A. T. Makarov, “Soils of the Anadyr River basin,” Tr. VNIIUA im. K.K. Gedroitsa, No. 19, 132–178 (1937).Google Scholar
  15. 15.
    V. P. Mel’nikov, A. N. Khimenkov, A. V. Brushkov, A. N. Vlasov, D. B. Volkov-Bogorodskii, and V. V. Samosonova, Cryogenic Geosystems: Problems of Studies and Modeling (Izd. “Geo”, Novosibirsk, 2010) [in Russian].Google Scholar
  16. 16.
    Fundamentals of Geocryology. Part 1. Physicochemical Basics of Geocryology (Izd. Mosk. Gos. Univ., Moscow, 1995) [in Russian].Google Scholar
  17. 17.
    Fundamentals of Geocryology. Part 2. Lithogenetic Geocryology (Izd. Mosk. Gos. Univ., Moscow, 1996) [in Russian].Google Scholar
  18. 18.
    A. I. Perel’man, Geochemistry of Lanscape (Vysshaya shkola, Moscow, 1975) [in Russian].Google Scholar
  19. 19.
    Applied Climatic Reference Book on the Northeast of the USSR (Magadan, 1960) [in Russian].Google Scholar
  20. 20.
    V. I. Savich, “On the soil cover of Chukotka in the Anadyr River basin,” Dokl. TSKhA, No. 99, 73–77 (1964).Google Scholar
  21. 21.
    North of the Far East (The Environment and Natural Resources of the USSS) (Nauka, Moscow, 1970) [in Russian].Google Scholar
  22. 22.
    V. B. Sochava, “On spotty tundra in the Anadyr region, Tr. Polyarn. Komis. AN SSSR,” No. 2, pp. 51–68 (1930).Google Scholar
  23. 23.
    V. O. Targulian, Soil Formation and Weathering in Cold Humid Areas (Nauka, Moscow, 1971) [in Russian].Google Scholar
  24. 24.
    V. O. Targulian and M. I. Gerasimova, World Reference Base for Soil Resources: The Basis for International Classification and Correlation of Soils (Tov. nauchn. izd. KMK, Moscow, 2007) [in Russian].Google Scholar
  25. 25.
    V. D. Tonkonogov, Automorphic Pedogenesis in Tundra and Taiga Zones of the East European and West Siberian Plains (Pochv. inst. im. V.V. Dokuchaeva, Moscow, 2010) [in Russian].Google Scholar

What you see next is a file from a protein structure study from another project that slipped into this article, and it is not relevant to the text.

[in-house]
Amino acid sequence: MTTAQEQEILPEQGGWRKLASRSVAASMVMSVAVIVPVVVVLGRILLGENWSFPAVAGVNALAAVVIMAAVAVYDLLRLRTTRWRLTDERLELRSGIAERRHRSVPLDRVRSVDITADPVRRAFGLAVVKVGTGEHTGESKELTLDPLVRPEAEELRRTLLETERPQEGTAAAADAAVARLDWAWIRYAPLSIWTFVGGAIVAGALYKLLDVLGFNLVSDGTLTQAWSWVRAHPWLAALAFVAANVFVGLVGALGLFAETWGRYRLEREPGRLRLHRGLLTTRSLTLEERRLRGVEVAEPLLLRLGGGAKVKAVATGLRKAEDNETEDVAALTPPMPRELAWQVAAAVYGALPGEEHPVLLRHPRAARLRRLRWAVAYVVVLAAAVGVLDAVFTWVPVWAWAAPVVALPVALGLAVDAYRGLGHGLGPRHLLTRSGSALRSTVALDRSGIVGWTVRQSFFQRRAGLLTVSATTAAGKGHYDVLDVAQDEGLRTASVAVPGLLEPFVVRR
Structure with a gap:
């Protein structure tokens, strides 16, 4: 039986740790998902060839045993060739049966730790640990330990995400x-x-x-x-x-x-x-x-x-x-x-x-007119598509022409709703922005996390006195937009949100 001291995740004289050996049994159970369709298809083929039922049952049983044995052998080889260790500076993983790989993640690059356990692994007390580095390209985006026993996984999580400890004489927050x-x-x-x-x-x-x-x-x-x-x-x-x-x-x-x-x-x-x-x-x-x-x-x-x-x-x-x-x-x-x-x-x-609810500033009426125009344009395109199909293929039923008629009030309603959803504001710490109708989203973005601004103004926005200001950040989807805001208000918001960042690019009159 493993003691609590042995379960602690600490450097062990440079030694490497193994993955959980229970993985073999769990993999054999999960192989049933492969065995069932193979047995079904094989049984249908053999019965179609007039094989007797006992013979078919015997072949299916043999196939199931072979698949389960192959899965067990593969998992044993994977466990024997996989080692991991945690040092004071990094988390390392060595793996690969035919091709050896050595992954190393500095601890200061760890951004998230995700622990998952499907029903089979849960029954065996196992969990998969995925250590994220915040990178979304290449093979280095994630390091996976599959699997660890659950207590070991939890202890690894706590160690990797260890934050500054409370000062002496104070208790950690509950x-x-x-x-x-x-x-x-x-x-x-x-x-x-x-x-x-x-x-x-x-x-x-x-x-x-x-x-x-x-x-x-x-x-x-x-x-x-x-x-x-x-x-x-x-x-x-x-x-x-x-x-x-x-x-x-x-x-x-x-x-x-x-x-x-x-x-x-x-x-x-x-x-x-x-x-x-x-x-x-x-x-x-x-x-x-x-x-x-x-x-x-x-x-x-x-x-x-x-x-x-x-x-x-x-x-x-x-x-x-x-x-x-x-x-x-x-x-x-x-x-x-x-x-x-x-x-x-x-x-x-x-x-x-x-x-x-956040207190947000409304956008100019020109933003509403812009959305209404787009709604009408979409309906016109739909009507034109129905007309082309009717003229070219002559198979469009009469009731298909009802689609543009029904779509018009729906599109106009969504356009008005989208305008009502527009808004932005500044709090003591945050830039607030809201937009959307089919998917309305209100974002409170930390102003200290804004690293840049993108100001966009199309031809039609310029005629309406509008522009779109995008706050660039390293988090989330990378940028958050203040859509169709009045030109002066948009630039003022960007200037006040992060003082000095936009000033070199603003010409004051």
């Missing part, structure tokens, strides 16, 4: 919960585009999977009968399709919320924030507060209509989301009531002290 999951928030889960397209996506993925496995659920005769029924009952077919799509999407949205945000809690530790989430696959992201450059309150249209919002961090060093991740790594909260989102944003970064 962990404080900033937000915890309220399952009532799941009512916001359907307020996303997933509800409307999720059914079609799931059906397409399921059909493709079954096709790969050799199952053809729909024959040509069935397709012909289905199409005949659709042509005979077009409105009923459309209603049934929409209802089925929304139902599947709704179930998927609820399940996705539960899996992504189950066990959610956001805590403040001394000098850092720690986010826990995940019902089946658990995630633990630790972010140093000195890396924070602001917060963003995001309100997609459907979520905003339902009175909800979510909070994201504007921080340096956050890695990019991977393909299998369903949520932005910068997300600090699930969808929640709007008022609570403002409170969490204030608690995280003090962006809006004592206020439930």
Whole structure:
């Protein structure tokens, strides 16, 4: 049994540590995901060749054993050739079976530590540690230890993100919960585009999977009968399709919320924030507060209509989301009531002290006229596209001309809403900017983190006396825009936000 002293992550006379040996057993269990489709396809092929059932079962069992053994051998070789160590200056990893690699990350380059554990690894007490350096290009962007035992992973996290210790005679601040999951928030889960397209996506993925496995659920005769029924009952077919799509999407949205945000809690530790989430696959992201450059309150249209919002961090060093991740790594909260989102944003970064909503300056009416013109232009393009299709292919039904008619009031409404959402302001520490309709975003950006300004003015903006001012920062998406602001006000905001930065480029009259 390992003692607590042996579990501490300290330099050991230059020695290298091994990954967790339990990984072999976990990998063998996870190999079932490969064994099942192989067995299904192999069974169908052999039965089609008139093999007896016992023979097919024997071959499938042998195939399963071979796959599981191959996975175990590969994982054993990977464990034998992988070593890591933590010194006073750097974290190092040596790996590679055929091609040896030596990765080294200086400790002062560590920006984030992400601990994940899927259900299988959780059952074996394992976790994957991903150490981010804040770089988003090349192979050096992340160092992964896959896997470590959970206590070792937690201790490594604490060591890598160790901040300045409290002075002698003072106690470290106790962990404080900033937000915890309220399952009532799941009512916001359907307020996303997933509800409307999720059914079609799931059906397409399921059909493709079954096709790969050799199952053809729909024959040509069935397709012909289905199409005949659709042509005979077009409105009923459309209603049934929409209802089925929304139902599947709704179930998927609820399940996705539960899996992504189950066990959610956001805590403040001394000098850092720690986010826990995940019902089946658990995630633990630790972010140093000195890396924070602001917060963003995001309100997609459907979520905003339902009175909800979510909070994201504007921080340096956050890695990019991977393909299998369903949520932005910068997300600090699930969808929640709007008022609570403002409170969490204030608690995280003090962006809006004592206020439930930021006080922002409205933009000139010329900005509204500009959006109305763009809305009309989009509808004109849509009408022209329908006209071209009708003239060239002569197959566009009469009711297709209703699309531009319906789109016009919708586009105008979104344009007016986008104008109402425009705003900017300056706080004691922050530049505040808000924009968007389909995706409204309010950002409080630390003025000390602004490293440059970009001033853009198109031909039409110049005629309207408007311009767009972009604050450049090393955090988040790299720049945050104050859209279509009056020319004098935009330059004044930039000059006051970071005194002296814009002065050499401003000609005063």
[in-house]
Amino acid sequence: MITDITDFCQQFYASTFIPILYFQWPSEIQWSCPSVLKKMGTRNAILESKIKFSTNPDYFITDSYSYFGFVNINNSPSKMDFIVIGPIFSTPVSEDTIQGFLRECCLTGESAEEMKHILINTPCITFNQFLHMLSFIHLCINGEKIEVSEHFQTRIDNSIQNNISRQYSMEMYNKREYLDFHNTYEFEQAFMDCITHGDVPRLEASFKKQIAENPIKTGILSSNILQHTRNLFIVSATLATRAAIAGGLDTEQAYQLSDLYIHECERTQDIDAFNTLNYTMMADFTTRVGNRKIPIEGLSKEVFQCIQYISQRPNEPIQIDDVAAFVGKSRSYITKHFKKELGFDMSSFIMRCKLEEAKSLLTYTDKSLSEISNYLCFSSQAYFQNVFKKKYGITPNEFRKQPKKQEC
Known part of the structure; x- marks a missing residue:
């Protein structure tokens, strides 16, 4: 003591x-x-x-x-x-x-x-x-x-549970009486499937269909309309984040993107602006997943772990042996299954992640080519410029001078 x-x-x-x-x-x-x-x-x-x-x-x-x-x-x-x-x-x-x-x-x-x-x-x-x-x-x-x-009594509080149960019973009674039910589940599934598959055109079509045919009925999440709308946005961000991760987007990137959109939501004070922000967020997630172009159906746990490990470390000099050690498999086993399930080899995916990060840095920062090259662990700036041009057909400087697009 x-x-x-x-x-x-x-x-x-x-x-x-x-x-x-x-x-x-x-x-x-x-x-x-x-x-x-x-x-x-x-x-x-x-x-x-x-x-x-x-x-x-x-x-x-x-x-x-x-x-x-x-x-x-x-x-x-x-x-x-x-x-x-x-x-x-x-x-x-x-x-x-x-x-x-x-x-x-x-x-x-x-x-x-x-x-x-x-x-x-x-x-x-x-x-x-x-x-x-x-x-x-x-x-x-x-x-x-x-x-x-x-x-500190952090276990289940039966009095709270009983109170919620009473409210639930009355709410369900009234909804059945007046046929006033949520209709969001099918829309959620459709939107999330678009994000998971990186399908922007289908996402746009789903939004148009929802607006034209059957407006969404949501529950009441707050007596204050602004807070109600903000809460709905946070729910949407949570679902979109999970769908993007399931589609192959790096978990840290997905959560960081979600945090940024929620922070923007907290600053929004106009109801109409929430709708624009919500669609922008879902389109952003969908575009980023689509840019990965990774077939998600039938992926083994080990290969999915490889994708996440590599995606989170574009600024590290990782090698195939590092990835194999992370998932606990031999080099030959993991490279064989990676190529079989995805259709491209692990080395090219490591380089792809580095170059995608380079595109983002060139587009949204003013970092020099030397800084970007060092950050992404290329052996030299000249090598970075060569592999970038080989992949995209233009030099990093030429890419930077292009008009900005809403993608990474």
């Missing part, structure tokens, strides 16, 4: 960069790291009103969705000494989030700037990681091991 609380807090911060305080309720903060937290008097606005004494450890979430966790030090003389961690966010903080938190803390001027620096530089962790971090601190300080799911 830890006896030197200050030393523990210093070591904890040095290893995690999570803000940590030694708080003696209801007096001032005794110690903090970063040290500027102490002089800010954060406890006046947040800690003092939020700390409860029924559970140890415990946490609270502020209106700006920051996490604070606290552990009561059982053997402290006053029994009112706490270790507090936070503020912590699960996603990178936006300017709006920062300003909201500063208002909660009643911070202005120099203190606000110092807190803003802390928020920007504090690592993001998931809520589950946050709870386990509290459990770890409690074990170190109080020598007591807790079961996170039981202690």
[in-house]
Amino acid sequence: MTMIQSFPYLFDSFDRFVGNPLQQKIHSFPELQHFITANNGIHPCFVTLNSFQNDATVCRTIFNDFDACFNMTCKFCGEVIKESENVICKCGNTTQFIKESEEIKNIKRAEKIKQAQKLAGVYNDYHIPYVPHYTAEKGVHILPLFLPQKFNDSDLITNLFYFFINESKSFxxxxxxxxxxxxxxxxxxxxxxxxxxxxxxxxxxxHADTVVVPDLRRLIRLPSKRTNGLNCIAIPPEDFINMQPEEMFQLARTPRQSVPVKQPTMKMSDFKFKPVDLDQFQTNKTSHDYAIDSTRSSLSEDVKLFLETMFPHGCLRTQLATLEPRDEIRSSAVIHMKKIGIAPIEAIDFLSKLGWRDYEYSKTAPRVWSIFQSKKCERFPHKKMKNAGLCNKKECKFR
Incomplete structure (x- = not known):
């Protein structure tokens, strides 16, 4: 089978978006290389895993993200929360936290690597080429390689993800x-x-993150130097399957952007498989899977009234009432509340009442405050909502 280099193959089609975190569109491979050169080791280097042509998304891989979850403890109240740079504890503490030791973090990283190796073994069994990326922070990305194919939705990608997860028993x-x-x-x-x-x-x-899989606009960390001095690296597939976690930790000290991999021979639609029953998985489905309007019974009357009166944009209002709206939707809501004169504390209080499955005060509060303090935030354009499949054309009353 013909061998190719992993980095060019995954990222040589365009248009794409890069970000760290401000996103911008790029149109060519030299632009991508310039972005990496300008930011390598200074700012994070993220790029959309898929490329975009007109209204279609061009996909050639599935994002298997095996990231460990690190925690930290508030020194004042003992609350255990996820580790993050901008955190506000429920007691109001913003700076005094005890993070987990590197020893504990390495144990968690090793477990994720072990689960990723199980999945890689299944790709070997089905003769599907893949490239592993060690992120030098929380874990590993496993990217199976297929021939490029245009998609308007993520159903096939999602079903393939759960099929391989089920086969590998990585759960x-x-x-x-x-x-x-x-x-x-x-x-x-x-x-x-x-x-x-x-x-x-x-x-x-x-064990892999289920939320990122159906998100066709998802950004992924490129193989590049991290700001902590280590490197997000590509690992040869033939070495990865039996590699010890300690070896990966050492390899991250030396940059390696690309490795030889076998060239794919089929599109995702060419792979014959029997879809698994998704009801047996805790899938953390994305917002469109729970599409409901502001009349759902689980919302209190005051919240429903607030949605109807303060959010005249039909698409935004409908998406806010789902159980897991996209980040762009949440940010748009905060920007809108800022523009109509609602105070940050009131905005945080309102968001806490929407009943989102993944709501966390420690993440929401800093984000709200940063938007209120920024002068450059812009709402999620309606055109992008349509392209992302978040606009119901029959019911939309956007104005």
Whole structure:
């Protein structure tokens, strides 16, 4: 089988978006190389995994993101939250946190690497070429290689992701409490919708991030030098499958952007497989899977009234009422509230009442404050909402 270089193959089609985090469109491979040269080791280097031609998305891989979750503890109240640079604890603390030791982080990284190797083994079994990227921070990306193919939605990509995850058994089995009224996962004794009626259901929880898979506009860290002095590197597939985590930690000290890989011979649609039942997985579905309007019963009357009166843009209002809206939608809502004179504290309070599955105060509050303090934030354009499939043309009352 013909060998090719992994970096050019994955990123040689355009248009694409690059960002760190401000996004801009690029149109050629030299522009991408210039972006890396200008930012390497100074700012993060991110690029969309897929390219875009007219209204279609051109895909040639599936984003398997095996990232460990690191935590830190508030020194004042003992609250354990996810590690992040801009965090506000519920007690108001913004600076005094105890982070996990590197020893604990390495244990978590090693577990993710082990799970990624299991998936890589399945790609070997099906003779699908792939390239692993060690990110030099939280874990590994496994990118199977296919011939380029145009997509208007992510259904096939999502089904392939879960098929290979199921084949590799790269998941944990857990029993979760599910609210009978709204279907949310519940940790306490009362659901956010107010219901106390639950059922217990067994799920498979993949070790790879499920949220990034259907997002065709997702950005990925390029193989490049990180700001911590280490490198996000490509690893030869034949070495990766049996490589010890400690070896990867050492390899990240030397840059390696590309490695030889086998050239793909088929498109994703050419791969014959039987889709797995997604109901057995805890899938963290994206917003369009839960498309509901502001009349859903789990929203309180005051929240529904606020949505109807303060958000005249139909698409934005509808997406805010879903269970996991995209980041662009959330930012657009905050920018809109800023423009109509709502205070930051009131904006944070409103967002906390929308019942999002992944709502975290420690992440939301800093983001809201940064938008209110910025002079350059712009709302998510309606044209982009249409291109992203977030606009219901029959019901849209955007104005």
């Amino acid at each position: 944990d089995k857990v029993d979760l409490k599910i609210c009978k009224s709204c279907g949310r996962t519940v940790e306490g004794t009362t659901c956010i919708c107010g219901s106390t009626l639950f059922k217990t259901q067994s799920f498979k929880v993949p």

26. 26.
    I. V. Tyurin, “Some results of the work on comparative study of humus composition in soils of the USSR,” Tr. Pocvh. Inst. im. V.V. Dokuchaeva, 38, 5–45 (1951).Google Scholar
  27. 27.
    B. A. Yurtsev, “Some Problems of Botanic Geography of the Northeastern Asia,” Bot. Zh., 62(6), 832–847 (1977).Google Scholar
  28. 28.
    B. A. Yurtsev, “Botanical-geographic characterization of southern Chukotka,” in Komarovskie chteniya (Dal’nevost. Nauchn. Tsentr, Vladivostok, 1978), No. XXVI, 3–62 [in Russian].Google Scholar
  29. 29.
    B. A. Yurtsev, A. I. Tolmachev, and O. V. Rebristaya, “Floristic delineation and division of the Arctic. The Arctic floristic region,” in Reports to the XII Intern. Botan. Congr. (Nauka, Leningrad, 1978), pp. 9–104 [in Russian].Google Scholar
  30. 30.
    J. G. Bockheim, “Properties and relative age of southwestern Cumberland Peninsula, Baffin Island, N.W.T., Canada,” Arct. Alp. Res. 11, 289–306 (1979).CrossRefGoogle Scholar
  31. 31.
    J. G. Bockheim, “Properties and classification of some desert soils in coarse-textured glacial drift in the Arctic and Antarctic,” Geoderma 24(1), 45–69 (1980).CrossRefGoogle Scholar
  32. 32.
    L. J. Evans and B. H. Cameron, “Chronosequences of soils developed from granitic morainal material, Baffin Island, N.W.T,” Can. J. Soil Sci. 59, 203–210 (1979).CrossRefGoogle Scholar
  33. 33.
    J. M. Kimble (Ed.), Cryosols. Permafrost-Affected Soils (Springer-Verlag, 2004).Google Scholar
  34. 34.
    T. E. Osterkamp and V. E. Romanovsky, “Characteristics of changing permafrost temperatures in Alaskan Arctic, USA,” Arct. Alp. Res. 28, 267–273 (1996).CrossRefGoogle Scholar
  35. 35.
    J. C. F. Tedrow, Soils of Polar Regions (N.J. Univ. Press, New Brunswick, 1977).Google Scholar
  36. 36.
    A. L. Washburn, Periglacial Processes and Environments (Edward Arnold, London, 1973).Google Scholar
  37. 37.
    IUSS Working Group WRB, World Reference Base for Soil Resources. A Framework for International Classification, Correlation and Communication (World Soil Resources Report 103) (FAO, Rome, 2006).Google Scholar

Copyright information

© Pleiades Publishing, Ltd. 2013

Authors and Affiliations

  • N. A. Karavaeva
    • 1
  1. 1.Institute of GeographyRussian Academy of SciencesMoscowRussia

Personalised recommendations